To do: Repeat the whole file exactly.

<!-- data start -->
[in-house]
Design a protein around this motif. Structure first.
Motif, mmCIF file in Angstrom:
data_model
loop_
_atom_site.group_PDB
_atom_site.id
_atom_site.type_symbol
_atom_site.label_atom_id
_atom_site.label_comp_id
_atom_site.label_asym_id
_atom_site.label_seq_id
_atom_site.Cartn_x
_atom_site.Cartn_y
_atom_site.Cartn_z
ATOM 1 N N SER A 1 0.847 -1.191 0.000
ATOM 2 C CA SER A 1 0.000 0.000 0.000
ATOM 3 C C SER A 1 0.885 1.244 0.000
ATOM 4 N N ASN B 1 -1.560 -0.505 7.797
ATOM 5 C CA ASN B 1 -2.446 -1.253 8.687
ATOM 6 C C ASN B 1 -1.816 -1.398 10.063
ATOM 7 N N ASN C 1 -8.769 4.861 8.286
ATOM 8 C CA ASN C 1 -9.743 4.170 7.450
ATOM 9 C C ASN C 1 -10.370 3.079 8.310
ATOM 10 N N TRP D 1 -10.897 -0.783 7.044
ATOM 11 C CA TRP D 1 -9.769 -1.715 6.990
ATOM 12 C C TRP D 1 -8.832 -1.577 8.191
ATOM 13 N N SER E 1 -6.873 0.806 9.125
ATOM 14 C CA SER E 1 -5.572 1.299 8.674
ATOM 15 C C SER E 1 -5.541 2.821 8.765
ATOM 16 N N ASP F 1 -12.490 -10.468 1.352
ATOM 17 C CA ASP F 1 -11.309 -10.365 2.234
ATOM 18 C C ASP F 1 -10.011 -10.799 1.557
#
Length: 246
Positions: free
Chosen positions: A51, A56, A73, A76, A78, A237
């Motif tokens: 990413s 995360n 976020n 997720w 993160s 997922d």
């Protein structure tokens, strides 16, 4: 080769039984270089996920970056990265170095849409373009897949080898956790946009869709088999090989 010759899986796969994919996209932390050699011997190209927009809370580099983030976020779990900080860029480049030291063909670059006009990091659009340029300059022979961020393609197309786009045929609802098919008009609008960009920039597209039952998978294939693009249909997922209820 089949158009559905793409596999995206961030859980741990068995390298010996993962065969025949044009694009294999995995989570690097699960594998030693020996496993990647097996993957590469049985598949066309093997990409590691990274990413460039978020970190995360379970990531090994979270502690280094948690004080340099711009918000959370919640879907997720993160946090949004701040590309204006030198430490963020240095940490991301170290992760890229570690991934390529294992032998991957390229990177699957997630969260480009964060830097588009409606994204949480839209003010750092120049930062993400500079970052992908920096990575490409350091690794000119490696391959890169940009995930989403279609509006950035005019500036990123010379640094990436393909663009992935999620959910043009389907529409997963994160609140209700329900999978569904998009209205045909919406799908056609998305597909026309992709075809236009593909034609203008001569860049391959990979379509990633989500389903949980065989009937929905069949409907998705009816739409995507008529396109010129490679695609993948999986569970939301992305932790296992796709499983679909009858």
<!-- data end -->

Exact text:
[in-house]
Design a protein around this motif. Structure first.
Motif, mmCIF file in Angstrom:
data_model
loop_
_atom_site.group_PDB
_atom_site.id
_atom_site.type_symbol
_atom_site.label_atom_id
_atom_site.label_comp_id
_atom_site.label_asym_id
_atom_site.label_seq_id
_atom_site.Cartn_x
_atom_site.Cartn_y
_atom_site.Cartn_z
ATOM 1 N N SER A 1 0.847 -1.191 0.000
ATOM 2 C CA SER A 1 0.000 0.000 0.000
ATOM 3 C C SER A 1 0.885 1.244 0.000
ATOM 4 N N ASN B 1 -1.560 -0.505 7.797
ATOM 5 C CA ASN B 1 -2.446 -1.253 8.687
ATOM 6 C C ASN B 1 -1.816 -1.398 10.063
ATOM 7 N N ASN C 1 -8.769 4.861 8.286
ATOM 8 C CA ASN C 1 -9.743 4.170 7.450
ATOM 9 C C ASN C 1 -10.370 3.079 8.310
ATOM 10 N N TRP D 1 -10.897 -0.783 7.044
ATOM 11 C CA TRP D 1 -9.769 -1.715 6.990
ATOM 12 C C TRP D 1 -8.832 -1.577 8.191
ATOM 13 N N SER E 1 -6.873 0.806 9.125
ATOM 14 C CA SER E 1 -5.572 1.299 8.674
ATOM 15 C C SER E 1 -5.541 2.821 8.765
ATOM 16 N N ASP F 1 -12.490 -10.468 1.352
ATOM 17 C CA ASP F 1 -11.309 -10.365 2.234
ATOM 18 C C ASP F 1 -10.011 -10.799 1.557
#
Length: 246
Positions: free
Chosen positions: A51, A56, A73, A76, A78, A237
């Motif tokens: 990413s 995360n 976020n 997720w 993160s 997922d």
């Protein structure tokens, strides 16, 4: 080769039984270089996920970056990265170095849409373009897949080898956790946009869709088999090989 010759899986796969994919996209932390050699011997190209927009809370580099983030976020779990900080860029480049030291063909670059006009990091659009340029300059022979961020393609197309786009045929609802098919008009609008960009920039597209039952998978294939693009249909997922209820 089949158009559905793409596999995206961030859980741990068995390298010996993962065969025949044009694009294999995995989570690097699960594998030693020996496993990647097996993957590469049985598949066309093997990409590691990274990413460039978020970190995360379970990531090994979270502690280094948690004080340099711009918000959370919640879907997720993160946090949004701040590309204006030198430490963020240095940490991301170290992760890229570690991934390529294992032998991957390229990177699957997630969260480009964060830097588009409606994204949480839209003010750092120049930062993400500079970052992908920096990575490409350091690794000119490696391959890169940009995930989403279609509006950035005019500036990123010379640094990436393909663009992935999620959910043009389907529409997963994160609140209700329900999978569904998009209205045909919406799908056609998305597909026309992709075809236009593909034609203008001569860049391959990979379509990633989500389903949980065989009937929905069949409907998705009816739409995507008529396109010129490679695609993948999986569970939301992305932790296992796709499983679909009858």